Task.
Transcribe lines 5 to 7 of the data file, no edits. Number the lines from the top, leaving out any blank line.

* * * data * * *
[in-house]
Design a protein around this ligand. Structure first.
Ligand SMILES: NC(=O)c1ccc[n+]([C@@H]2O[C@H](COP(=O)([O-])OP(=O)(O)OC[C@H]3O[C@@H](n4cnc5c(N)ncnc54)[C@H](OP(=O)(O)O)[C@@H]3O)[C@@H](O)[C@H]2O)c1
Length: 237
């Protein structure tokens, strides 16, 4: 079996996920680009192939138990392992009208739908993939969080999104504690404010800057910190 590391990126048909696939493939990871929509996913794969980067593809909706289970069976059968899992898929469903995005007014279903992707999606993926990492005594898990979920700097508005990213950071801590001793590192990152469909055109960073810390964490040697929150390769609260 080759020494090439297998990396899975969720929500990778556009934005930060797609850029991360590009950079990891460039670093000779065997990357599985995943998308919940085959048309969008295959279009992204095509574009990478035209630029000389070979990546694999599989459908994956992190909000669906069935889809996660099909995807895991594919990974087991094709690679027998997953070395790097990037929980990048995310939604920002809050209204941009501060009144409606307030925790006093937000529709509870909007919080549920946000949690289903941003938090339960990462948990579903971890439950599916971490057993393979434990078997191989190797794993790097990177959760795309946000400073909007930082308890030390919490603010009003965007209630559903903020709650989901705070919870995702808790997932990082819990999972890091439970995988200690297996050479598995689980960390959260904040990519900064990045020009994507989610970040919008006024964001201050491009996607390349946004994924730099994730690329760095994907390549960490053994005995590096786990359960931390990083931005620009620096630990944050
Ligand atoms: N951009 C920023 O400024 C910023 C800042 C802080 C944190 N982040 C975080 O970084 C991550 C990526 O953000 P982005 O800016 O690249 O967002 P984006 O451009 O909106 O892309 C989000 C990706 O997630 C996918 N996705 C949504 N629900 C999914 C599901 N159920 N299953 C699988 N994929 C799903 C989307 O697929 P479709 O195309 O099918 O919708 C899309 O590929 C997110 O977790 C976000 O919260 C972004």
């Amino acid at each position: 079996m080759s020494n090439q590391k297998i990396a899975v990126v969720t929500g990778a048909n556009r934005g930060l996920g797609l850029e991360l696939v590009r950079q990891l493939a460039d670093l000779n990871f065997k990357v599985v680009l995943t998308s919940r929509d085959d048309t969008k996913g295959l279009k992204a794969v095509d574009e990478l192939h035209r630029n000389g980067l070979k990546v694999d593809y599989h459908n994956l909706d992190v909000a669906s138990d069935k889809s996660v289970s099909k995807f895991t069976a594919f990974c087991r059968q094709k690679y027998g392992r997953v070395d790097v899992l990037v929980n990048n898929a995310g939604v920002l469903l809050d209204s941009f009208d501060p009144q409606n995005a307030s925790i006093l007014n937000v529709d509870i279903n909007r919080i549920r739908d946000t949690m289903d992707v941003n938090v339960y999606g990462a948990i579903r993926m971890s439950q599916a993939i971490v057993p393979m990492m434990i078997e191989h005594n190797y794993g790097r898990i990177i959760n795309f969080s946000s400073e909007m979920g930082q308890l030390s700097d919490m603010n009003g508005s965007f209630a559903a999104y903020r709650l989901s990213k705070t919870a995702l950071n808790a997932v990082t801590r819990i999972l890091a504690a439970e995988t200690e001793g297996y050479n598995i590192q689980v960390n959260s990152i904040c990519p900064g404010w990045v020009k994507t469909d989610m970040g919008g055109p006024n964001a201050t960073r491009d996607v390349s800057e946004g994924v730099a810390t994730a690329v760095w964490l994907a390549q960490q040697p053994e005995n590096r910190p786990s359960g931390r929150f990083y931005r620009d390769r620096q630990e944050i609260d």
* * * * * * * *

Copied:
């Protein structure tokens, strides 16, 4: 079996996920680009192939138990392992009208739908993939969080999104504690404010800057910190 590391990126048909696939493939990871929509996913794969980067593809909706289970069976059968899992898929469903995005007014279903992707999606993926990492005594898990979920700097508005990213950071801590001793590192990152469909055109960073810390964490040697929150390769609260 080759020494090439297998990396899975969720929500990778556009934005930060797609850029991360590009950079990891460039670093000779065997990357599985995943998308919940085959048309969008295959279009992204095509574009990478035209630029000389070979990546694999599989459908994956992190909000669906069935889809996660099909995807895991594919990974087991094709690679027998997953070395790097990037929980990048995310939604920002809050209204941009501060009144409606307030925790006093937000529709509870909007919080549920946000949690289903941003938090339960990462948990579903971890439950599916971490057993393979434990078997191989190797794993790097990177959760795309946000400073909007930082308890030390919490603010009003965007209630559903903020709650989901705070919870995702808790997932990082819990999972890091439970995988200690297996050479598995689980960390959260904040990519900064990045020009994507989610970040919008006024964001201050491009996607390349946004994924730099994730690329760095994907390549960490053994005995590096786990359960931390990083931005620009620096630990944050
Ligand atoms: N951009 C920023 O400024 C910023 C800042 C802080 C944190 N982040 C975080 O970084 C991550 C990526 O953000 P982005 O800016 O690249 O967002 P984006 O451009 O909106 O892309 C989000 C990706 O997630 C996918 N996705 C949504 N629900 C999914 C599901 N159920 N299953 C699988 N994929 C799903 C989307 O697929 P479709 O195309 O099918 O919708 C899309 O590929 C997110 O977790 C976000 O919260 C972004």
């Amino acid at each position: 079996m080759s020494n090439q590391k297998i990396a899975v990126v969720t929500g990778a048909n556009r934005g930060l996920g797609l850029e991360l696939v590009r950079q990891l493939a460039d670093l000779n990871f065997k990357v599985v680009l995943t998308s919940r929509d085959d048309t969008k996913g295959l279009k992204a794969v095509d574009e990478l192939h035209r630029n000389g980067l070979k990546v694999d593809y599989h459908n994956l909706d992190v909000a669906s138990d069935k889809s996660v289970s099909k995807f895991t069976a594919f990974c087991r059968q094709k690679y027998g392992r997953v070395d790097v899992l990037v929980n990048n898929a995310g939604v920002l469903l809050d209204s941009f009208d501060p009144q409606n995005a307030s925790i006093l007014n937000v529709d509870i279903n909007r919080i549920r739908d946000t949690m289903d992707v941003n938090v339960y999606g990462a948990i579903r993926m971890s439950q599916a993939i971490v057993p393979m990492m434990i078997e191989h005594n190797y794993g790097r898990i990177i959760n795309f969080s946000s400073e909007m979920g930082q308890l030390s700097d919490m603010n009003g508005s965007f209630a559903a999104y903020r709650l989901s990213k705070t919870a995702l950071n808790a997932v990082t801590r819990i999972l890091a504690a439970e995988t200690e001793g297996y050479n598995i590192q689980v960390n959260s990152i904040c990519p900064g404010w990045v020009k994507t469909d989610m970040g919008g055109p006024n964001a201050t960073r491009d996607v390349s800057e946004g994924v730099a810390t994730a690329v760095w964490l994907a390549q960490q040697p053994e005995n590096r910190p786990s359960g931390r929150f990083y931005r620009d390769r620096q630990e944050i609260d």